Effective Giving: Social Entrepreneurs

The holidays are finally over. Yesterday Epiphany (or Three Kings’ Day) brought an end to the twelve days of Christmas. We decided to really go for it this year, giving little presents to our kids most every day of the mini-season. (Bonus: the stream of stuff really helped to alleviate school vacation boredom.)  But according to family tradition, on Christmas Day we gave not to each other but to Jesus, since it was His birthday. This year we chose to fund social entrepreneurs whose organizations serve the poorest of the poor, which we explained to the kids are just the kind of presents Jesus most wants (Matt 25:31-40).

Why social entrepreneurs? In recent years foundations and philanthropists have emphasized investing in promising local startup NGOs (nongovernmental organizations) in order to help them scale up. Just as business entrepreneurs have changed the marketplace through innovation, social entrepreneurs around the world have combined their creativity, commitment, and knowledge of local culture to more effectively impact those who experience poverty and injustice in their communities. Perhaps the best introduction to this phenomenon is David Bornstein’s How to Change the World, which tells the stories of social entrepreneurs who tackled issues like electrification in rural Brazil, home-based AIDS care in South Africa, and empowerment of street children in Indian megacities. Many economists claim that local organizations are often more effective and efficient than bureaucratic government programs or bloated international agencies with offices in Geneva.

However, as is the case in for-profit investing, the problem is figuring out who to fund. India alone as over a million locally founded NGOs.  Until relatively recently, we’ve given primarily to large, established, international organizations simply because I don’t know how to find smaller, local NGOs that I’m confident are effective. But this year we found that the three organizations we’ve been most excited about supporting are all in the social entrepreneur category.  My next couple blog posts will profile them. I hope they serve as a mini-How to Change the World, helping us give more effectively in this new year.  How about you? Do you prefer giving to the Fortune 500 of poverty relief, or smaller start-ups? Why?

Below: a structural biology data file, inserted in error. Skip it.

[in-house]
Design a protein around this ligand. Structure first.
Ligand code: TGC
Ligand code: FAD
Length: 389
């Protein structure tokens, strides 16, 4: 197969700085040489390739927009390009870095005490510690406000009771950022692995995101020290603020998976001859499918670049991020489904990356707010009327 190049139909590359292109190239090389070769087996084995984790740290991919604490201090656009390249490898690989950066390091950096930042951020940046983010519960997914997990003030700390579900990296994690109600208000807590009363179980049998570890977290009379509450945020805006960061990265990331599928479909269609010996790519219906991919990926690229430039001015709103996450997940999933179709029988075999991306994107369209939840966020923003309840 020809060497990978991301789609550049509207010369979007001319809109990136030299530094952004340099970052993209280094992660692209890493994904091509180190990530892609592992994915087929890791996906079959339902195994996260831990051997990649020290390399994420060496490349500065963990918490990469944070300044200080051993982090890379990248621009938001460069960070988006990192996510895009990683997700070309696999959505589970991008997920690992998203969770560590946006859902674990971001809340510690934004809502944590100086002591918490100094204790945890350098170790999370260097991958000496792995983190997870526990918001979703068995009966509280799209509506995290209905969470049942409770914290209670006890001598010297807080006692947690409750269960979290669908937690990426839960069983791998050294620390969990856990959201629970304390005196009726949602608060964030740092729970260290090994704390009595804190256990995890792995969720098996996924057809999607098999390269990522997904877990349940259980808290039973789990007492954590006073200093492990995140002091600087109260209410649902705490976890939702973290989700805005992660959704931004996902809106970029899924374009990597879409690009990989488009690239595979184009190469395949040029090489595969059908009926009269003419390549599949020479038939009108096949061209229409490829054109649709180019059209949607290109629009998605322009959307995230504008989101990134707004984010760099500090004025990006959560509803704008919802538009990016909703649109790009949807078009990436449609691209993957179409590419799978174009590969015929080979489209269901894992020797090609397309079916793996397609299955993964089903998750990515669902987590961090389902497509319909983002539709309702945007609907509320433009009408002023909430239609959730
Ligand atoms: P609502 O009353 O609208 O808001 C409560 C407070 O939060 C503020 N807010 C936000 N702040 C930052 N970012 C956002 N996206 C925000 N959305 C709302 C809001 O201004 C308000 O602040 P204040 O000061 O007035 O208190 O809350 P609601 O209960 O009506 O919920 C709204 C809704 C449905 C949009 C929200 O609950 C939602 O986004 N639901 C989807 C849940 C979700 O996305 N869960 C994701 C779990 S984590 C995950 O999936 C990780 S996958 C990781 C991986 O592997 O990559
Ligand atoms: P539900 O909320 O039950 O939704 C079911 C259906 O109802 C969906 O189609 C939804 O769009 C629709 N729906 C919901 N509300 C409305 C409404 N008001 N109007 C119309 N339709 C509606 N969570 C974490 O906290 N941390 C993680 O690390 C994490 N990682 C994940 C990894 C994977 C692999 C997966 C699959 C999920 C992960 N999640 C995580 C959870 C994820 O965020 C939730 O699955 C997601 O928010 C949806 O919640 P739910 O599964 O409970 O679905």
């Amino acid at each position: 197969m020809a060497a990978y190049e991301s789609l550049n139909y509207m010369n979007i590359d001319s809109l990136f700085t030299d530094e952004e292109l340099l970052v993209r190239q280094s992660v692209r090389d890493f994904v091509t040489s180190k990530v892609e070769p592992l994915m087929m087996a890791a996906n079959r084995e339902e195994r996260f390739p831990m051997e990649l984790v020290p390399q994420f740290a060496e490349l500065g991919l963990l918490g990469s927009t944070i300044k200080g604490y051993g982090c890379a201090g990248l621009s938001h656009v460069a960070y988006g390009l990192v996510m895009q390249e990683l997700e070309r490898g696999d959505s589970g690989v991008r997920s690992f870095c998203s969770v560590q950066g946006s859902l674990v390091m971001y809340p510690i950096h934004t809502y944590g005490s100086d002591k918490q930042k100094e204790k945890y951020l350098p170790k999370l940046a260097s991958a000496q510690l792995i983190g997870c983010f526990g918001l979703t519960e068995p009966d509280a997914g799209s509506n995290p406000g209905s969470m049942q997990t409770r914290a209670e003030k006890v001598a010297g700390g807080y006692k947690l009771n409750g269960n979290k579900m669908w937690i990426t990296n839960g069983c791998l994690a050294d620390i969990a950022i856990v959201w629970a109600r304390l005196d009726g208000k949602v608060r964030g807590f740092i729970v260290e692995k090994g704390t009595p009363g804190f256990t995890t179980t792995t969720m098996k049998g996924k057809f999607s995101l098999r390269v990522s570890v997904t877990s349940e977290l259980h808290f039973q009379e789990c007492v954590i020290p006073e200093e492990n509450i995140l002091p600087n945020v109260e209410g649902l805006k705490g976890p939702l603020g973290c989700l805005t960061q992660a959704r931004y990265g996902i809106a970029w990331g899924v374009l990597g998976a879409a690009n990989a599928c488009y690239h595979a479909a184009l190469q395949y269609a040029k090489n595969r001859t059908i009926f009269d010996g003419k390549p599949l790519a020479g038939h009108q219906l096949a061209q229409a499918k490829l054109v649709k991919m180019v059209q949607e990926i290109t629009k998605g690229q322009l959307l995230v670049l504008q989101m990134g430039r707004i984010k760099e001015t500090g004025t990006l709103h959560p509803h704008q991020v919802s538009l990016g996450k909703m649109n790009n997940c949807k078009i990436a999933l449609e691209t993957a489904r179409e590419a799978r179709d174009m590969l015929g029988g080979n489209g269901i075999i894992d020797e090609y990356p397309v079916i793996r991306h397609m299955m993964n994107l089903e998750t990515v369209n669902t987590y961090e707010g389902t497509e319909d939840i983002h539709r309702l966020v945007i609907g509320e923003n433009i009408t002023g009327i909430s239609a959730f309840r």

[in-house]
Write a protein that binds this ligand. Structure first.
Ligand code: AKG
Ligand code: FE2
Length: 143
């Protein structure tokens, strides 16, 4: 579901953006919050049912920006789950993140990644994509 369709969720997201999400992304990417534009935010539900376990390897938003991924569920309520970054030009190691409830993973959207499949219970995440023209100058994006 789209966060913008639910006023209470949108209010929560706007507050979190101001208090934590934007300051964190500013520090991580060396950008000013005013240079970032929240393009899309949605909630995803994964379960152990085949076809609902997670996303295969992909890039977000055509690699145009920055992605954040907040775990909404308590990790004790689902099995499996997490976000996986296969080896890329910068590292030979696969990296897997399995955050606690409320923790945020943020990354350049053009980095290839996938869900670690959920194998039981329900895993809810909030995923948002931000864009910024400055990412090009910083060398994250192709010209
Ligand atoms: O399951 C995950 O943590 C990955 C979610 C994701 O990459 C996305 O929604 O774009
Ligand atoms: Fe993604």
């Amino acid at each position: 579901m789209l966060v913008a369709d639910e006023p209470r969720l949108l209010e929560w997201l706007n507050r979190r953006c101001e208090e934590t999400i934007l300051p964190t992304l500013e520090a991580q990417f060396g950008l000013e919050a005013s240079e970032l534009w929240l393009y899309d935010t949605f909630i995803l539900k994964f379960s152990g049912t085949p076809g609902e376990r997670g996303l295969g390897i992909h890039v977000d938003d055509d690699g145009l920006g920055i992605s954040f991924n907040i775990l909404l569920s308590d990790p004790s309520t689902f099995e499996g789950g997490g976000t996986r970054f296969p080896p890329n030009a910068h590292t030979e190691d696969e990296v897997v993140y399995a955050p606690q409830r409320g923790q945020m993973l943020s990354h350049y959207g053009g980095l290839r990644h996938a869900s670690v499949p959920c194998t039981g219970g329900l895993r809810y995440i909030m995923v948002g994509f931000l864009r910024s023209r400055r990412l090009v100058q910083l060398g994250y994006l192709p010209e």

Not Just Business as Usual

When we think of giving to the poor, what first comes to mind is non-profit organizations like the Red Cross, the Salvation Army, or World Vision—groups that do disaster relief, economic development, or child sponsorship.

But people are beginning to realize that for-profit organizations (AKA businesses) also have an important role in empowering the poor.  Ever since C. K. Prahalad’s groundbreaking book The Fortune at the Bottom of the Pyramid, a growing number of entrepreneurs and established corporations have begun to notice the nearly half of the world that lives on less than $2 a day.  As  this month’s Wired magazine points out,

those companies make cheap, useful products to sell to the world’s poor, who will use them to become less poor, and everybody wins.

For example, one of our friends, Alex Shih, has co-founded an intriguing startup called Global Cycle Solutions (GCS).  GCS markets affordable technologies that can turn a bicycle into a corn sheller or a cell phone charger.  With GCS’s products, small farmers in in rural areas without electricity can shell their corn forty times faster or make extra income charging their neighbor’s cell phones .

So if you’re looking to invest your money in ways that benefit the poor, and not just the super-rich on Wall Street, I’d encourage you to learn more about companies like Global Cycle Solutions.